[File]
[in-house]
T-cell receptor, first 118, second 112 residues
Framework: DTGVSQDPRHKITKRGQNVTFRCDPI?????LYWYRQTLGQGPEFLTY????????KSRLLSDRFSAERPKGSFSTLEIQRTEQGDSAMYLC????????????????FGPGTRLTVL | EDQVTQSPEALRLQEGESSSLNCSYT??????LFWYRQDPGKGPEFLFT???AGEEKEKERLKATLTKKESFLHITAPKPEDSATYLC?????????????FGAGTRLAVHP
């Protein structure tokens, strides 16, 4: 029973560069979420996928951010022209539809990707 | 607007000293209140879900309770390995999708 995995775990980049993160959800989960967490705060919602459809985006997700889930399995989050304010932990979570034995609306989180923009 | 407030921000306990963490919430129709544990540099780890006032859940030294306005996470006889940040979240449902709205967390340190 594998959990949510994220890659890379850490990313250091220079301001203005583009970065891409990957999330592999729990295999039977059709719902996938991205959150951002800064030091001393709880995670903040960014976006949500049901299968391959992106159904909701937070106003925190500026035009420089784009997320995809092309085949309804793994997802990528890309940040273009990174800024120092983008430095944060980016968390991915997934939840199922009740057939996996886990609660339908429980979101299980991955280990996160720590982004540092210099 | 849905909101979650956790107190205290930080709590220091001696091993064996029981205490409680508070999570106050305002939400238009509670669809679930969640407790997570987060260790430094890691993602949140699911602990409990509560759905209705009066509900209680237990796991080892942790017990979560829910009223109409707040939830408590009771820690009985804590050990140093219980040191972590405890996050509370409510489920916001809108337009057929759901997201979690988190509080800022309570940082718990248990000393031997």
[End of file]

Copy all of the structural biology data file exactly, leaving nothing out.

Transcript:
[in-house]
T-cell receptor, first 118, second 112 residues
Framework: DTGVSQDPRHKITKRGQNVTFRCDPI?????LYWYRQTLGQGPEFLTY????????KSRLLSDRFSAERPKGSFSTLEIQRTEQGDSAMYLC????????????????FGPGTRLTVL | EDQVTQSPEALRLQEGESSSLNCSYT??????LFWYRQDPGKGPEFLFT???AGEEKEKERLKATLTKKESFLHITAPKPEDSATYLC?????????????FGAGTRLAVHP
């Protein structure tokens, strides 16, 4: 029973560069979420996928951010022209539809990707 | 607007000293209140879900309770390995999708 995995775990980049993160959800989960967490705060919602459809985006997700889930399995989050304010932990979570034995609306989180923009 | 407030921000306990963490919430129709544990540099780890006032859940030294306005996470006889940040979240449902709205967390340190 594998959990949510994220890659890379850490990313250091220079301001203005583009970065891409990957999330592999729990295999039977059709719902996938991205959150951002800064030091001393709880995670903040960014976006949500049901299968391959992106159904909701937070106003925190500026035009420089784009997320995809092309085949309804793994997802990528890309940040273009990174800024120092983008430095944060980016968390991915997934939840199922009740057939996996886990609660339908429980979101299980991955280990996160720590982004540092210099 | 849905909101979650956790107190205290930080709590220091001696091993064996029981205490409680508070999570106050305002939400238009509670669809679930969640407790997570987060260790430094890691993602949140699911602990409990509560759905209705009066509900209680237990796991080892942790017990979560829910009223109409707040939830408590009771820690009985804590050990140093219980040191972590405890996050509370409510489920916001809108337009057929759901997201979690988190509080800022309570940082718990248990000393031997």